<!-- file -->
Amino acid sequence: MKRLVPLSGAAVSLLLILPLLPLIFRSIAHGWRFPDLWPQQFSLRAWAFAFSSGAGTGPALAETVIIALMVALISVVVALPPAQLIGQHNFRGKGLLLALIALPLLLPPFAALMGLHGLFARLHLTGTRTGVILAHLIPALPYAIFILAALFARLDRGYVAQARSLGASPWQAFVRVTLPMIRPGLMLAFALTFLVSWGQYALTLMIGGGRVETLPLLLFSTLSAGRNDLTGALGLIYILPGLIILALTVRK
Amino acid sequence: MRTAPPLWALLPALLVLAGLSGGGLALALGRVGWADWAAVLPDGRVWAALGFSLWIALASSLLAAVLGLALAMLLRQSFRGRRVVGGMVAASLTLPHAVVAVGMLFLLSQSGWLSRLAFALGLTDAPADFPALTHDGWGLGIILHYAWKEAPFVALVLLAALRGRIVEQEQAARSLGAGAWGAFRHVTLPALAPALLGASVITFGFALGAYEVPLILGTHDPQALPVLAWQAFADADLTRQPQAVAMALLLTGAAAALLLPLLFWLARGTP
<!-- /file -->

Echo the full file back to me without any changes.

Amino acid sequence: MKRLVPLSGAAVSLLLILPLLPLIFRSIAHGWRFPDLWPQQFSLRAWAFAFSSGAGTGPALAETVIIALMVALISVVVALPPAQLIGQHNFRGKGLLLALIALPLLLPPFAALMGLHGLFARLHLTGTRTGVILAHLIPALPYAIFILAALFARLDRGYVAQARSLGASPWQAFVRVTLPMIRPGLMLAFALTFLVSWGQYALTLMIGGGRVETLPLLLFSTLSAGRNDLTGALGLIYILPGLIILALTVRK
Amino acid sequence: MRTAPPLWALLPALLVLAGLSGGGLALALGRVGWADWAAVLPDGRVWAALGFSLWIALASSLLAAVLGLALAMLLRQSFRGRRVVGGMVAASLTLPHAVVAVGMLFLLSQSGWLSRLAFALGLTDAPADFPALTHDGWGLGIILHYAWKEAPFVALVLLAALRGRIVEQEQAARSLGAGAWGAFRHVTLPALAPALLGASVITFGFALGAYEVPLILGTHDPQALPVLAWQAFADADLTRQPQAVAMALLLTGAAAALLLPLLFWLARGTP